Location of Repository

Splendide Mendax: False Label Claims about High and Rising Alcohol Content of Wine

By Julian M. Alston, Kate B. Fuller, James T. Lapsley, George Soleas and Kabir P. Tumber

Abstract

Many economists and others are interested in the phenomenon of rising alcohol content of wine and its potential causes. Has the alcohol content of wine risen—and if so, by how much, where, and when? What roles have been played by climate change and other environmental factors compared with evolving consumer preferences and expert ratings? In this paper we explore these questions using international evidence, combining time-series data on the alcohol content of wine from a large number of countries that experienced different patterns of climate change and influences of policy and demand shifts. We also examine the relationship between the actual alcohol content of wine and the alcohol content stated on the label. The systematic patterns here suggest that rising alcohol content of wine may be a nuisance by-product of producer responses to perceived market preferences for wines having riper, more-intense flavors, possibly in conjunction with evolving climate.wine grapes, alcohol percentage, climate change, labeling errors, Agricultural and Food Policy, Crop Production/Industries, Demand and Price Analysis, Food Consumption/Nutrition/Food Safety, Marketing,

OAI identifier:

Suggested articles

Preview

Citations

  1. (1994). A hedonic price function for Australian premium table wine.‖
  2. (2011). As wines gain weight, Chronicle to print alcohol levels‖ San Francisco Chronicle,
  3. (2008). Available from http://www.wineresearch.org.nz/weatherdata/blenheim.htm
  4. (2006). Climate and terroir: Impacts of climate variability and change on wine.‖
  5. (1992). Climate and Water Agricultural Research Council-AgroMet Institute for Soil. Pretoria, South Africa, personal communication.
  6. (2005). Climate change in the Western United States grape growing regions.‖ Acta Horticulturae (ISHS),
  7. (2007). Climate change: observations, projections, and general implications for viticulture and wine production.‖ Economics Department Working Paper No. 7,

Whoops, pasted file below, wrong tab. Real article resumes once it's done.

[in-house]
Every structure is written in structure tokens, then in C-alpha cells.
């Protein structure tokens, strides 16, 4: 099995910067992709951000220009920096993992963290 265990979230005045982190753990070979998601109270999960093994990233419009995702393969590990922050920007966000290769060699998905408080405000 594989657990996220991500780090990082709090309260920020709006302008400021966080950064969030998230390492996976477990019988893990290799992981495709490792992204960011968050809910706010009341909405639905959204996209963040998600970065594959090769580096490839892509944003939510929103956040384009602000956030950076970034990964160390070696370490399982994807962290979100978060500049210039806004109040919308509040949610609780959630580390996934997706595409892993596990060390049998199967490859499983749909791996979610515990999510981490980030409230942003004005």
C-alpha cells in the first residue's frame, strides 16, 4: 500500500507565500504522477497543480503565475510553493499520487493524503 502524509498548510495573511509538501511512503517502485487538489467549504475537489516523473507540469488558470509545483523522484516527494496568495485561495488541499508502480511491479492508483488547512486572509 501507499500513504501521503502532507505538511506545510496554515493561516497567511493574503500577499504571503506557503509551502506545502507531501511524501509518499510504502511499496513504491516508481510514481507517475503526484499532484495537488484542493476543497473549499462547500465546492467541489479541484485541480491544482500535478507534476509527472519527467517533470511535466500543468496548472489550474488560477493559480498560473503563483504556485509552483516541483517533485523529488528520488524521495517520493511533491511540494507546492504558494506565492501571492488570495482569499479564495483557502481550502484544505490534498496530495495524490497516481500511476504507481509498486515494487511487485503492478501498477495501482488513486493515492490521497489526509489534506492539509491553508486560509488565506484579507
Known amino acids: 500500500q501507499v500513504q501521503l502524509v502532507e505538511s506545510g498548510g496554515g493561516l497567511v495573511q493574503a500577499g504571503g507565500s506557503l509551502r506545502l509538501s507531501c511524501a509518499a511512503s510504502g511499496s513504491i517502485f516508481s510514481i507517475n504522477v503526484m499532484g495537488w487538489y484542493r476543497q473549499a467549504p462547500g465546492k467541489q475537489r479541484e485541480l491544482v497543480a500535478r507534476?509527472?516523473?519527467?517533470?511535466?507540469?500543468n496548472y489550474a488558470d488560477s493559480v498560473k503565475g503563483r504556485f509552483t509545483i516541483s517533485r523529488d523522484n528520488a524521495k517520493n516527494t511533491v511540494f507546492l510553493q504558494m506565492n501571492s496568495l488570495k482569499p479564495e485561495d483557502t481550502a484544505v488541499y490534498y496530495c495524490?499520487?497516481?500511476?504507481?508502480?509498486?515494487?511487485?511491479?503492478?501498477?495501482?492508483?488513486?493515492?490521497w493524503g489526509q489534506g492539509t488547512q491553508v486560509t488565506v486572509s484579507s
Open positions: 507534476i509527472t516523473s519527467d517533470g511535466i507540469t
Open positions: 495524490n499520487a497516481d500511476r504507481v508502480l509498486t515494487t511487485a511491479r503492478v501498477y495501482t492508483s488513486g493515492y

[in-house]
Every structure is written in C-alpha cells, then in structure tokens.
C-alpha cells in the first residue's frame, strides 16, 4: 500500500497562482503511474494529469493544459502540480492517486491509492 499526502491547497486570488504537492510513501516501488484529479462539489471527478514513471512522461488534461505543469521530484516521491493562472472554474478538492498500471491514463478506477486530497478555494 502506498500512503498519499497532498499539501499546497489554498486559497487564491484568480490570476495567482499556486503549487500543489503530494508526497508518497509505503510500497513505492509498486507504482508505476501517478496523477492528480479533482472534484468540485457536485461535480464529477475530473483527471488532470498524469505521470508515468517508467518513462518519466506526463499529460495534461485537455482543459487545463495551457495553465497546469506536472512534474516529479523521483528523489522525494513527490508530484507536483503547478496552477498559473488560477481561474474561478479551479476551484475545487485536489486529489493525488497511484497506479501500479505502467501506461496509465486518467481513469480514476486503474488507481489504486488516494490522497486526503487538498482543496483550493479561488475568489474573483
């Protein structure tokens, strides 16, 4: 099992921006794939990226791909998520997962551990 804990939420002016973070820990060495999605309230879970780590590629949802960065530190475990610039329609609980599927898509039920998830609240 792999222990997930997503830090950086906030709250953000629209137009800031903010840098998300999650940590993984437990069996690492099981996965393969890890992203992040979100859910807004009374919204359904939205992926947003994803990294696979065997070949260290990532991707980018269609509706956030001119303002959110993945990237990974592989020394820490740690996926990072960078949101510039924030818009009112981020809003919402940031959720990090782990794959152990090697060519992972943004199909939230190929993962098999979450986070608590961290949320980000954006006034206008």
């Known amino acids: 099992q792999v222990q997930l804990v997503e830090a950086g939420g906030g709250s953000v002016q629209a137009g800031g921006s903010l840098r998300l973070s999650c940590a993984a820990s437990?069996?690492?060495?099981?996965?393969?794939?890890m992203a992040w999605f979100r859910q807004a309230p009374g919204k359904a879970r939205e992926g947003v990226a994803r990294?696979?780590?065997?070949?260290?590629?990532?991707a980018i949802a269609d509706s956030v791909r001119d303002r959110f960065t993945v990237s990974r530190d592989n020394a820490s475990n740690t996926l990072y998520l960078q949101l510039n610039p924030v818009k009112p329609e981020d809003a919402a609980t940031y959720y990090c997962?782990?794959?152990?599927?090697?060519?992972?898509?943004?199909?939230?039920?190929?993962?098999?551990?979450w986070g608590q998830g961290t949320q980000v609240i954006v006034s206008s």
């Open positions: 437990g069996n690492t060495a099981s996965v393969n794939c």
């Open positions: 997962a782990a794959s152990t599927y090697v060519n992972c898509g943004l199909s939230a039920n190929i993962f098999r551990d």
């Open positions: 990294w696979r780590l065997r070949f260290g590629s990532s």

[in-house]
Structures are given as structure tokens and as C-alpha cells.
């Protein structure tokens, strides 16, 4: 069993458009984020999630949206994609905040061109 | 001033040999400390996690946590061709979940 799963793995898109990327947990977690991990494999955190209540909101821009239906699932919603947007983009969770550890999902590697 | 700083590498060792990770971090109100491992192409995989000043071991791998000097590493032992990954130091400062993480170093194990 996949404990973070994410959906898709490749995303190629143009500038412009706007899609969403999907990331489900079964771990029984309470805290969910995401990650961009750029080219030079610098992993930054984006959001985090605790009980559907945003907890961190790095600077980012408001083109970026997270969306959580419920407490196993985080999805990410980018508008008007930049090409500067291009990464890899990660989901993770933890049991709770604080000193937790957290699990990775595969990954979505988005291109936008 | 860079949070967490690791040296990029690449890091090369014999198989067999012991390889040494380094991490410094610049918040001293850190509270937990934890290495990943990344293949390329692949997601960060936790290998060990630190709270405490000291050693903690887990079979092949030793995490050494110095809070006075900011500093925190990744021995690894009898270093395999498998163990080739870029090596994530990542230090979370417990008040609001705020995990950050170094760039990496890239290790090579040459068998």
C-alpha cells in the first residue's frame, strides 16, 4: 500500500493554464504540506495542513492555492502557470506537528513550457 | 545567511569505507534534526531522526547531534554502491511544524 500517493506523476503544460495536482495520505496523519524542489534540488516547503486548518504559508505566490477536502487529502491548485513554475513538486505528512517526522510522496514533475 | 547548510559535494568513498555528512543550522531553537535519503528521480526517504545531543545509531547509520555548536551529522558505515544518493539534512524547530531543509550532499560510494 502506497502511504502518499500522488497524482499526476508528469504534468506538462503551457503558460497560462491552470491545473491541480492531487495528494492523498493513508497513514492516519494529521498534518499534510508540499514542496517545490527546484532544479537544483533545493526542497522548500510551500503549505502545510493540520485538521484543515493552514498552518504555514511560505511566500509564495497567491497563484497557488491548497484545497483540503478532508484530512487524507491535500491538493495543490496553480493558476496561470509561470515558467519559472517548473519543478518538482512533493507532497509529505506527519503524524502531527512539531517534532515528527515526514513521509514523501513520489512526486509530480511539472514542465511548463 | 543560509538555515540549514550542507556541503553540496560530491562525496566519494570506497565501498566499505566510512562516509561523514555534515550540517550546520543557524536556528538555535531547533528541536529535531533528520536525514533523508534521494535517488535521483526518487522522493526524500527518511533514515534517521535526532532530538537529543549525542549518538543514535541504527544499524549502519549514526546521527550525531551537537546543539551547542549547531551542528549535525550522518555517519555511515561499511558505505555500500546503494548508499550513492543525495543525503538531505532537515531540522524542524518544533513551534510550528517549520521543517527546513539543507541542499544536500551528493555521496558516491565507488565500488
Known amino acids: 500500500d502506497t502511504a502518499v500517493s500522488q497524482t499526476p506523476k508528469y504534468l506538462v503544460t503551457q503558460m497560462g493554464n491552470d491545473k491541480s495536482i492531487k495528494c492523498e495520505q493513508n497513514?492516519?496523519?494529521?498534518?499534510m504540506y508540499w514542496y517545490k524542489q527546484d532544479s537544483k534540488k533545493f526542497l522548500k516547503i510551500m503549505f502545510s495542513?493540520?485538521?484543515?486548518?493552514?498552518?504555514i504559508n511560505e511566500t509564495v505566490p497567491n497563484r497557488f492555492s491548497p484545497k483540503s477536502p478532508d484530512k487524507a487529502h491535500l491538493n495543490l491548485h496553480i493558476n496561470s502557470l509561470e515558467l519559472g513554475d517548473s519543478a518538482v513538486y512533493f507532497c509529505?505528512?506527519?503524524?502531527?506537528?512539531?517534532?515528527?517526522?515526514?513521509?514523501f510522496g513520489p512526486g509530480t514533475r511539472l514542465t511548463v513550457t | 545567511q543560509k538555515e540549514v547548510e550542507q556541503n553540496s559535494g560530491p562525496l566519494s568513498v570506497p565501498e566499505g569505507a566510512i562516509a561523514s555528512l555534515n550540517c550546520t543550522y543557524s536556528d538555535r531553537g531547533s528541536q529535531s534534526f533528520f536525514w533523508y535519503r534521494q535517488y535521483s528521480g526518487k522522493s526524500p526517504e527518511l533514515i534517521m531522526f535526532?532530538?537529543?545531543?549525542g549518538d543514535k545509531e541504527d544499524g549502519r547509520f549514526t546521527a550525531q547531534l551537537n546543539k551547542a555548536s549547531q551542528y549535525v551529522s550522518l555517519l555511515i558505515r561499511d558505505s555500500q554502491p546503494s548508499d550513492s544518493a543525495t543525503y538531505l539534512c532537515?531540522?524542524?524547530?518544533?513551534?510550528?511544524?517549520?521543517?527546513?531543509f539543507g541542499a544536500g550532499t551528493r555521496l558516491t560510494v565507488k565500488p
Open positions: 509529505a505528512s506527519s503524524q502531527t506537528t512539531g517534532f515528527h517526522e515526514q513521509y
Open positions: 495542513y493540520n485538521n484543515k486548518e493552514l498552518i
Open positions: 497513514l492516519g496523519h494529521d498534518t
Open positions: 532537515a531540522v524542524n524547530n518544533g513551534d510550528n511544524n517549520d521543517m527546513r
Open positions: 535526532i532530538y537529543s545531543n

8. (2005). Consumer demand for informative labeling of quality food and drink products: a European Union case study.‖
  9. (2001). Economics of food labeling.‖
  10. (1997). Estimation of a hedonic price equation for Bordeaux wine: Does quality matter?‖
  11. (2000). Estimation of a hedonic price equation for Burgundy wine.‖
  12. (2006). Extreme heat reduces and shifts United States premium wine production
  13. (2001). Global warming’s impact on wine.‖
  14. (2001). Hedonic wine price functions and measurement error.‖
  15. (2009). How will changes in global climate influence California?‖ California Agriculture,
  16. (2004). In defence of the price hedonic model in wine research.‖
  17. (1948). Indirect approach to market reactions.‖
  18. (1992). National Oceanic and Atmospheric Administration, and National Climatic Data Center.
  19. (1983). Pepsi versus Coke: Labels, not tastes, prevail.‖
  20. (2008). Predicting the prices and quality of Bordeaux wines.‖
  21. (1995). Predicting the quality of an unborn
  22. (2007). Segmenting the wine market based on price: Hedonic regression when different prices mean different products.‖
  23. (2009). The economic effects of climate change of the California winegrape industry.‖ Unpublished doctoral dissertation,
  24. (1995). The Total Package: The Secret History and Hidden Meanings of Boxes, Bottles, Cans, and Other Persuasive Containers.
  25. (2010). Using a hedonic model of solar radiation to assess the economic effect of climate change: the case of Mosel valley vineyards.‖ The Review of Economics and
  26. (1991). Wine and the Vine: An Historical Geography of Viticulture and the Wine Trade. Routledge, London and
  27. (1993). Wine quality differentials in hedonic grape pricing.‖
  28. (1993). Wine vintage quality and the weather:

To submit an update or takedown request for this paper, please submit an Update/Correction/Removal Request.